New research has found that post-traumatic stress disorder symptoms in women may vary over the course of the menstrual cycle, with more symptoms during the cycle’s first few days when the hormone oestradiol is low and fewer symptoms close to ovulation, when oestradiol is high.
The results could have implications for PTSD diagnosis and treatment, said lead author Jenna Rieder, PhD, an assistant professor of psychology at Thomas Jefferson University in Philadelphia. “When in the cycle you assess women might actually affect whether they meet diagnostic criteria for PTSD, especially for people who are right on the border. And that can have real practical implications, say, for someone who is a veteran and entitled to benefits or for health insurance purposes.”
The research was published in the journal Psychological Trauma: Theory, Research, Practice and Policy.
Oestradiol is a form of oestrogen that regulates the menstrual cycle. During the follicular phase, rising oestradiol levels trigger a cascade of events that result in ovulation. Studies have linked low-oestradiol portions of the cycle to greater activation in the limbic areas of the brain, which are related to emotion, and to lower activation in the prefrontal cortex when viewing emotional content. Low oestradiol has also been linked to greater stress and anxiety as well as increased fear responses.
To find out whether those links were related to traua response, researchers studied 40 women, aged 18 to 33, all of whom had experienced or witnessed a traumatic event, such as a serious injury or sexual violence. In the lab, researchers measured the participants’ level of oestradiol in their saliva, then asked them to describe the trauma that had happened to them and the PTSD symptoms they’d experienced in the past month. They found that lower oestradiol was associated with greater self-reported symptom severity in the participants.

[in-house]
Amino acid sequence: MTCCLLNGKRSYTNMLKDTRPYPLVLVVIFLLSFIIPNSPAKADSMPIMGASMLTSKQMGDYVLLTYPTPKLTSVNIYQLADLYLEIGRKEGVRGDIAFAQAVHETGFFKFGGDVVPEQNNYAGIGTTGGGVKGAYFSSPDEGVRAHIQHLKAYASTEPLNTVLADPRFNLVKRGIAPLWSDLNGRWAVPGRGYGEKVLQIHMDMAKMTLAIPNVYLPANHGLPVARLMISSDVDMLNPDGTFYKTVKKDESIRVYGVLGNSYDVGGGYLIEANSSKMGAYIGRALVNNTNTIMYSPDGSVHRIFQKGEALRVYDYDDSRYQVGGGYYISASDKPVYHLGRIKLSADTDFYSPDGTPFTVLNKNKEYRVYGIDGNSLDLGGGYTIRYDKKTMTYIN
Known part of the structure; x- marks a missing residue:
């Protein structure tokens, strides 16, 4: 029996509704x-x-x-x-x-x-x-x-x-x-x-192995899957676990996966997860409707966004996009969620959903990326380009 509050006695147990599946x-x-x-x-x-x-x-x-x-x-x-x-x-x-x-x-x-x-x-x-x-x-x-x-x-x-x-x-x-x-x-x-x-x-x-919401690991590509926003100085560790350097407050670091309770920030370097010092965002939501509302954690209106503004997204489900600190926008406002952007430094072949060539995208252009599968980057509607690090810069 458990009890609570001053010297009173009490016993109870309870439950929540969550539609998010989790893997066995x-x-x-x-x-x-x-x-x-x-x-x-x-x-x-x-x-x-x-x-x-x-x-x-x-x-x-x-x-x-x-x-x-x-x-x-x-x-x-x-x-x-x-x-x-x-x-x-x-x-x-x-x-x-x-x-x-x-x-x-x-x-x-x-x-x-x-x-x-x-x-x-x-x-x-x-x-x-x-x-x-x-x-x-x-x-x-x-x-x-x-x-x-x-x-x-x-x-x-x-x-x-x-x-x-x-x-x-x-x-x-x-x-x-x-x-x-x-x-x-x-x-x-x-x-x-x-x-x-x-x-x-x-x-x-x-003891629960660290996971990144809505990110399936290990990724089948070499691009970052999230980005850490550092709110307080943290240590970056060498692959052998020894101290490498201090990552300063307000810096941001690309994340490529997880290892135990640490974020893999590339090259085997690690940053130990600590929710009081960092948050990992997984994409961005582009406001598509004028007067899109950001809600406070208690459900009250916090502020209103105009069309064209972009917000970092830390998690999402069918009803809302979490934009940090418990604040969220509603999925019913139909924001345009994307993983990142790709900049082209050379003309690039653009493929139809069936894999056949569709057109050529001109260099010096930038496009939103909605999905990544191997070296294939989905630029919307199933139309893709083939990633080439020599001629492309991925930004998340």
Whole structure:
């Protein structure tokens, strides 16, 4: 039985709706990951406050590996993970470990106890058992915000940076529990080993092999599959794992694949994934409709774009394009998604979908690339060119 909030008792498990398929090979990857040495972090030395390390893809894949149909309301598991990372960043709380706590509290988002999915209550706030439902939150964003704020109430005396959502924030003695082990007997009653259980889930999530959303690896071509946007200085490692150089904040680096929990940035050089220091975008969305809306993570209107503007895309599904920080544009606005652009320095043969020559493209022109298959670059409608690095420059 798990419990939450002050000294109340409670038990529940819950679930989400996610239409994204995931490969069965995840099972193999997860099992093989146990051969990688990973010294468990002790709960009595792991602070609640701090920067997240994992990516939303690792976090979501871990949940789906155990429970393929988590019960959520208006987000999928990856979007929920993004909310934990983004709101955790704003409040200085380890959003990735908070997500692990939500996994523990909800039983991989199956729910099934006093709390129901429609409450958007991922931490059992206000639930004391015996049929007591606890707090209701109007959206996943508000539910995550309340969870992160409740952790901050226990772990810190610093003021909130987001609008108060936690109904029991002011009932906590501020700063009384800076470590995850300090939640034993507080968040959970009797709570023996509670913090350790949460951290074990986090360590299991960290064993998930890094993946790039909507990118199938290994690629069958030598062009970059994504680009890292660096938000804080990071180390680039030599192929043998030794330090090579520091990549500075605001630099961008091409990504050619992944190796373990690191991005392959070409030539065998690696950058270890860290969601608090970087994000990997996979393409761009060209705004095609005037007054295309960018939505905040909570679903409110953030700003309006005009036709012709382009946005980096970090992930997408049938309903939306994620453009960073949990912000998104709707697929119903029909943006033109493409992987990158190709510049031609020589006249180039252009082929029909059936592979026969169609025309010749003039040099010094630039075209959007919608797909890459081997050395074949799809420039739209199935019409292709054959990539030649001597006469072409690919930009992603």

The researchers also measured two stress biomarkers in participants’ saliva, the hormone cortisol and the enzyme salivary alpha-amylase, before and after the participants described their trauma. Salivary alpha-amylase is related to the “fight-or-flight” stress response, and cortisol is related to the body’s slower, more sustained stress response.
“In a healthy system we want a moderate, coordinated response of both of these biomarkers,” Prof Rieder said. In the women in the low-oestradiol portions of their menstrual cycles, the researchers instead found low cortisol and high salivary alpha-amylase levels resulting from recounting their trauma stories – a pattern that’s been linked in previous studies with maladaptive stress responses.
The researchers then asked the participants to answer five daily questionnaires for 10 days spanning the high- and low-oestradiol portions of their menstrual cycles. The questionnaires measured how participants were feeling at each time (from “extremely unpleasant” to “extremely pleasant” and “extremely nonstimulated or activated” to “extremely stimulated or activated”). Participants also completed a PTSD symptom checklist each evening.
Participants were found to have greater variability in their daily moods during the low-oestradiol days of their cycle and reported more severe PTSD symptoms on those days.
This could have implications for diagnosis and treatment of PTSD in women, who have long been underrepresented in PTSD research. “PTSD for a long time was mostly studied in men, in part because it was mainly studied in veterans, who were mostly men,” Prof Rieder said.
As well as its relevance to diagnosis, knowing how the menstrual cycle affects PTSD symptoms could be useful for both clinicians and patients, according to Prof Rieder. “I think this is something that clinicians would want to know, so they can impart this knowledge as part of psychoeducation,” she said. “For women who are naturally cycling, it may be useful to understand how the menstrual cycle affects their symptoms. When you can explain what’s happening biologically, it often becomes less threatening.”